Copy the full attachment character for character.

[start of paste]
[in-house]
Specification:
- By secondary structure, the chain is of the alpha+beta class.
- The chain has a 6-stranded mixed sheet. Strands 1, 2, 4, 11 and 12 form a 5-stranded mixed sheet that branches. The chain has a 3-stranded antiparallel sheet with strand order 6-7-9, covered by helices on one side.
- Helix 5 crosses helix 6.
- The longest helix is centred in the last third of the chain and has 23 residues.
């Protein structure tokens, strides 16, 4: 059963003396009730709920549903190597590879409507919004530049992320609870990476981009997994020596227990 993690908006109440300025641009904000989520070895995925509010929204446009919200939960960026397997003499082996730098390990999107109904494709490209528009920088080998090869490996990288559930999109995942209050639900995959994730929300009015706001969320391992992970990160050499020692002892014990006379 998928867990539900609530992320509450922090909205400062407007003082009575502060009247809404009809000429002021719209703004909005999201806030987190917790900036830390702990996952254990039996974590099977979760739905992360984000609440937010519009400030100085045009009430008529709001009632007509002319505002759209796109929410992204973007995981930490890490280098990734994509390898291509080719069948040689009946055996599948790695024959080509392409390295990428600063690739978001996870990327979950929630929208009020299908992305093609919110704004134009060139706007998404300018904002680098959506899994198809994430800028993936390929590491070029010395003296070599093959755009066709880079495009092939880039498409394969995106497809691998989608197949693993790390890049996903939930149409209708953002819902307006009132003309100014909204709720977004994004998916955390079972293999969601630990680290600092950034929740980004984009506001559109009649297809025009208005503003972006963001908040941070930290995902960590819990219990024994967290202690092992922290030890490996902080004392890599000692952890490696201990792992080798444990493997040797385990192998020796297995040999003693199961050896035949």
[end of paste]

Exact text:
[in-house]
Specification:
- By secondary structure, the chain is of the alpha+beta class.
- The chain has a 6-stranded mixed sheet. Strands 1, 2, 4, 11 and 12 form a 5-stranded mixed sheet that branches. The chain has a 3-stranded antiparallel sheet with strand order 6-7-9, covered by helices on one side.
- Helix 5 crosses helix 6.
- The longest helix is centred in the last third of the chain and has 23 residues.
């Protein structure tokens, strides 16, 4: 059963003396009730709920549903190597590879409507919004530049992320609870990476981009997994020596227990 993690908006109440300025641009904000989520070895995925509010929204446009919200939960960026397997003499082996730098390990999107109904494709490209528009920088080998090869490996990288559930999109995942209050639900995959994730929300009015706001969320391992992970990160050499020692002892014990006379 998928867990539900609530992320509450922090909205400062407007003082009575502060009247809404009809000429002021719209703004909005999201806030987190917790900036830390702990996952254990039996974590099977979760739905992360984000609440937010519009400030100085045009009430008529709001009632007509002319505002759209796109929410992204973007995981930490890490280098990734994509390898291509080719069948040689009946055996599948790695024959080509392409390295990428600063690739978001996870990327979950929630929208009020299908992305093609919110704004134009060139706007998404300018904002680098959506899994198809994430800028993936390929590491070029010395003296070599093959755009066709880079495009092939880039498409394969995106497809691998989608197949693993790390890049996903939930149409209708953002819902307006009132003309100014909204709720977004994004998916955390079972293999969601630990680290600092950034929740980004984009506001559109009649297809025009208005503003972006963001908040941070930290995902960590819990219990024994967290202690092992922290030890490996902080004392890599000692952890490696201990792992080798444990493997040797385990192998020796297995040999003693199961050896035949």